Beef + Lamb New Zealand (B+LNZ) recently participated in the United Nations Food and Agriculture Organization (FOA) Global Agenda for Sustainable Livestock (GASL) conference held in Chiang Mai, Thailand.
Figure 1 B+L NZ and Australian agricultural representatives with Thai wagyu farmer and wagyu bull
B+LNZ's Senior Trade Policy Advisor (Environment), Nick Jolly, attended the conference, funded by the UN FAO, as part of a broader Oceania delegation. The group included representatives from Australian sheep and beef industry organizations, the Global Roundtable for Sustainable Beef, New Zealand's Ministry for Primary Industries, and AgResearch.
The conference aims to bring together those involved in the livestock industry from around the globe to focus on shared challenges.
This year, with it being held in Thailand, there was significant focus on South-East Asian systems and developing countries. While this was less relevant to New Zealand farmers, the event provided valuable opportunities to meet with representatives from countries such as Australia, Canada, and Ireland where we share similar challenges and opportunities.
Mr Jolly shares key insights from the conference below.
Figure 2 B+L NZ, AgResearch and MPI representatives at UN FAO GASL
Thailand as the hub
Thailand, with its vibrant livestock industry, served as an ideal host for the UN FAO GASL conference. During the week, delegates visited local farms, engaging with Thai farmers to understand their challenges.
I was particularly impressed by their dedication to biosecurity, with disinfectant washes for all vehicles entering the dairy processing company we visited. We visited a dairy farm and saw how they were using a worm farm to get rid of manure, after which they sold the resulting fertiliser to market gardeners and rice farmers.
We also visited the university to learn about the biomethane digestors for food and animal waste that were being rolled across the country, with over a thousand in place already.
Figure 2 Biomethane digestor in Thailand
The Australians organised a separate visit to a Wagyu beef farm, showcasing an impressive operation with rotational grazing and a unique marketing approach that involved selling beef directly to consumers in a restaurant.
The farm also sold wagyu genetics into the local dairy industry to provide additional value to their non-replacement calves.
Challenges facing livestock producers internationally
The conference delved into the global challenges faced by livestock farmers, emphasising sustainability, climate change, and productivity. Discussions highlighted opportunities in improving nutrition and disease management.
The conference also included concrete examples of sustainable agriculture around the world that the UN FAO was supporting such as:
- The use of an invasive tree in Thailand that was blended into a nutritional supplement for cattle along with molasses. Natural tannins in the plant also had a side benefit of reducing biogenic methane emissions.
- Use of insects to address food waste and provide feed for poultry.
What was clear to me was that New Zealand farmers are incredibly well placed to supply high quality, sustainable and ethically produced red meat into growing international markets around the world.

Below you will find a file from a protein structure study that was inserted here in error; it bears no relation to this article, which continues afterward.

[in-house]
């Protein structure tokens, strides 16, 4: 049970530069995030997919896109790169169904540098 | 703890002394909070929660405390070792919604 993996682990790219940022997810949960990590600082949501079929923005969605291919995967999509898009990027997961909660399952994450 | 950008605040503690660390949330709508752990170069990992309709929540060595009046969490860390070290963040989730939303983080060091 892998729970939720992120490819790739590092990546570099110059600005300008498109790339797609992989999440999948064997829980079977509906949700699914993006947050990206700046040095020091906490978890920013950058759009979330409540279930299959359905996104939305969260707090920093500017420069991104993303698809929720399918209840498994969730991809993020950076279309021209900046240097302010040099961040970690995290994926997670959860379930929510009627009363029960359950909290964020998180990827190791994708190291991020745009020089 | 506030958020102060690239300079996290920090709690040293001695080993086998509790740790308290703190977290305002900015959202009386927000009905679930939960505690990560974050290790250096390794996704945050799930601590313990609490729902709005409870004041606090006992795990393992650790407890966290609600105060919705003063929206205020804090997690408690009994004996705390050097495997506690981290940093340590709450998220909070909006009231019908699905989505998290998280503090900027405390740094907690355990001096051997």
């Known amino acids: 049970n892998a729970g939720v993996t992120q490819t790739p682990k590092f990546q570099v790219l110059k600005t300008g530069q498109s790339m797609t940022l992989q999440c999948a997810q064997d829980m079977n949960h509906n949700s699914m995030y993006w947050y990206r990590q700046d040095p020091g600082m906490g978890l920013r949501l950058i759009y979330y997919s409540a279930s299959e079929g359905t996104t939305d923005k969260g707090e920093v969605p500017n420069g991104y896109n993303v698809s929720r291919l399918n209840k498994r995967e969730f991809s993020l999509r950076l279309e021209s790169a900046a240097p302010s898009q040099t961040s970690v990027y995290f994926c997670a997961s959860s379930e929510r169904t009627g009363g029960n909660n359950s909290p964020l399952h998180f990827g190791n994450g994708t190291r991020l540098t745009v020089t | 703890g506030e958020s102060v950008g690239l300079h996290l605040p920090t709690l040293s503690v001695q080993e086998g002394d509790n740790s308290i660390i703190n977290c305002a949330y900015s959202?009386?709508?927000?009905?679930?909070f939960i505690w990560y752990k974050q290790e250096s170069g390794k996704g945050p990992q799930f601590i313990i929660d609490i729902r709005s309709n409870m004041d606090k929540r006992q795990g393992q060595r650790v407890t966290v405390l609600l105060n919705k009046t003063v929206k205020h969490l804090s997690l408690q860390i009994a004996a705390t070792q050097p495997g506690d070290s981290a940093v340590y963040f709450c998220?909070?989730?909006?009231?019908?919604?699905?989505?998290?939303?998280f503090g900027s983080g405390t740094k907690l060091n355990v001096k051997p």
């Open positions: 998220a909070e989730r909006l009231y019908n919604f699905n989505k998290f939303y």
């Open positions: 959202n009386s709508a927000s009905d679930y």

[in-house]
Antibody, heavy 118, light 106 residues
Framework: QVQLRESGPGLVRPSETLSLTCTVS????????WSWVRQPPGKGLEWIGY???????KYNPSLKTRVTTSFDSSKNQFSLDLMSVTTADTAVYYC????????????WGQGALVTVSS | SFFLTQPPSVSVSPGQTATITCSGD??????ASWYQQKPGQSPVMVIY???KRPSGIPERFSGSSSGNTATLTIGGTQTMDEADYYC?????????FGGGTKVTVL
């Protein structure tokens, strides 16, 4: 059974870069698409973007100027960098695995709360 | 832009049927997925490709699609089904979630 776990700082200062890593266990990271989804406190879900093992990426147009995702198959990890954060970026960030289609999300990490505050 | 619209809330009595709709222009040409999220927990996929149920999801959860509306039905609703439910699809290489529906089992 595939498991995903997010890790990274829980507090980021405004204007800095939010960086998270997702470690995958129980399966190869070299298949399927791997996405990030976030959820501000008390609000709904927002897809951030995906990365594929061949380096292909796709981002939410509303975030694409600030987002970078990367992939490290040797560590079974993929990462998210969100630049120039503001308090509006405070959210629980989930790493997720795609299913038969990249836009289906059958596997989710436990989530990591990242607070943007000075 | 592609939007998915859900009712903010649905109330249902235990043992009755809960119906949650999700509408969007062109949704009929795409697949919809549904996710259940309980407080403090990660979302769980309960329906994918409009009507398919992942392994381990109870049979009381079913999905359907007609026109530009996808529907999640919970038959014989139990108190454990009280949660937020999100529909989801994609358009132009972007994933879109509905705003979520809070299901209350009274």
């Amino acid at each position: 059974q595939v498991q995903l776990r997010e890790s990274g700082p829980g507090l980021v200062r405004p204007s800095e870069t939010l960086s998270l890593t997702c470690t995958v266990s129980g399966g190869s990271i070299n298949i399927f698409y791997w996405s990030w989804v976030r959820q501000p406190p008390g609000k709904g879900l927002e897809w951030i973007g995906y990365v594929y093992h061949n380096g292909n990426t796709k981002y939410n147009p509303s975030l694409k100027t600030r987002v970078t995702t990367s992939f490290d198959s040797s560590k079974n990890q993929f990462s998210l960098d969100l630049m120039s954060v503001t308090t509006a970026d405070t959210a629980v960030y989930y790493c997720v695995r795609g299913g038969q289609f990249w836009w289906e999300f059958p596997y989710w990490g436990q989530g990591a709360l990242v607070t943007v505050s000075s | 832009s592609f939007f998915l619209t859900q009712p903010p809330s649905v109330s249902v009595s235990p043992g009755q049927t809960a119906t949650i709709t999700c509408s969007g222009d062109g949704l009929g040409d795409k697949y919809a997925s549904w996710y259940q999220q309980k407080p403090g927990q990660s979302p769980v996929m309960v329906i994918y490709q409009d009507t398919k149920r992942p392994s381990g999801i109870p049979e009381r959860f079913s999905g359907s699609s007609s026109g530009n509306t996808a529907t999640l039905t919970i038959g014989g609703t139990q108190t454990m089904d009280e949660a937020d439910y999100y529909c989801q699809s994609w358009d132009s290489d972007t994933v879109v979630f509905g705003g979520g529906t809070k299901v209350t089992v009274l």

Looking ahead to the medium and long term, we are going to see demand for red meat rise in Southeast Asia and Africa, with significant increases in middle-class consumers forecasted while productivity challenges remain for farmers in those markets.
While New Zealand production is unlikely to grow due to competition with other land uses, other countries also face significant headwinds to their growth with a changing climate and biosecurity, both major issues internationally.
New Zealand is relatively well insulated from these challenges due to our temperate island climate and strong biosecurity system, however around the world others are already beginning to feel the impact of climate change with more droughts, floods, and higher temperatures.
This is causing conflict between nomadic pastoralists and farmers over animal feed and has resulted in civil war and food shortages in some countries. In developed countries such as Australia, higher temperatures and droughts are causing farmers to destock ahead of a severe El Niño and there is elevated risk of biosecurity outbreaks from diseases being blown over in storms from neighbouring countries.
It was useful to understand where countries similar to New Zealand were at, and a conversation with an Irish scientist whose research focussed on methane inhibitors for livestock highlighted they are focussed on similar issues to New Zealand due to their pastoral systems. This is an area where the New Zealand Government has recognised that there is value in working together and in 2022 signed a joint research mechanism with Ireland’s Government on climate and agriculture.
The conference facilitated networking opportunities that allowed B+LNZ to establish meaningful partnerships with stakeholders across the global livestock supply chain.
This aligns with existing collaborations through groups like the Global Roundtable for Sustainable Beef and the Global Sheep Forum, emphasising the importance of face-to-face interactions.
Through these conversations, it highlighted that many of the challenges facing countries around the world are ones that New Zealand doesn’t have to face, thanks to our rigorous biosecurity system, our world class agricultural scientists, industry bodies, and processors working together to support farmers.
New Zealand is viewed as a leader and while we have challenges to address, we are incredibly well placed to meet them.